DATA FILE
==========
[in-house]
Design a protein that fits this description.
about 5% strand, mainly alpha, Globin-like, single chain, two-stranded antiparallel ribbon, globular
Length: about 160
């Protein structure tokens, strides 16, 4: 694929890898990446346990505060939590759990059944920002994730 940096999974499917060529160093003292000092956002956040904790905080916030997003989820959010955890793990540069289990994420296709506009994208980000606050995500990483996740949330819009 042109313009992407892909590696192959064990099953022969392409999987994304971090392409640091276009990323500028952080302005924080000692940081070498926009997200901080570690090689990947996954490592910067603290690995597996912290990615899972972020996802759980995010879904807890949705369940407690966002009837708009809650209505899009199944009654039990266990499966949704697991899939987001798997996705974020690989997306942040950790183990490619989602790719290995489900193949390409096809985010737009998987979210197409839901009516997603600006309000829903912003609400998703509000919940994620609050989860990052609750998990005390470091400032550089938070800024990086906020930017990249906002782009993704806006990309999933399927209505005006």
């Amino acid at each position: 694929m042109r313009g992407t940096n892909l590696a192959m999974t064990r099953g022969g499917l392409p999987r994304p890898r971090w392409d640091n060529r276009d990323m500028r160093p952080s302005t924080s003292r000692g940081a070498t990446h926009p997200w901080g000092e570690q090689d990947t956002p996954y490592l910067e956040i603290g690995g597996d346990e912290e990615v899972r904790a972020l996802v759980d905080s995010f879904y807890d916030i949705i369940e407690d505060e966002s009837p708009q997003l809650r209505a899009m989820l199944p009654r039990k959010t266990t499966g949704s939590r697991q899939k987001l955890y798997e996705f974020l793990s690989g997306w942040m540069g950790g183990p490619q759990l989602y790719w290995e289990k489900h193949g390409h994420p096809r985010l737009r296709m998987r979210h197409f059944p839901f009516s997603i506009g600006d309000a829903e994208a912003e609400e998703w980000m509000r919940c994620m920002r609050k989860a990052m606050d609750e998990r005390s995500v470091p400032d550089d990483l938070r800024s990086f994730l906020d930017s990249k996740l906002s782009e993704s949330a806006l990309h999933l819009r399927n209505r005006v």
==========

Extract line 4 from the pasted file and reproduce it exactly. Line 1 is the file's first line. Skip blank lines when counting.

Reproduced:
Length: about 160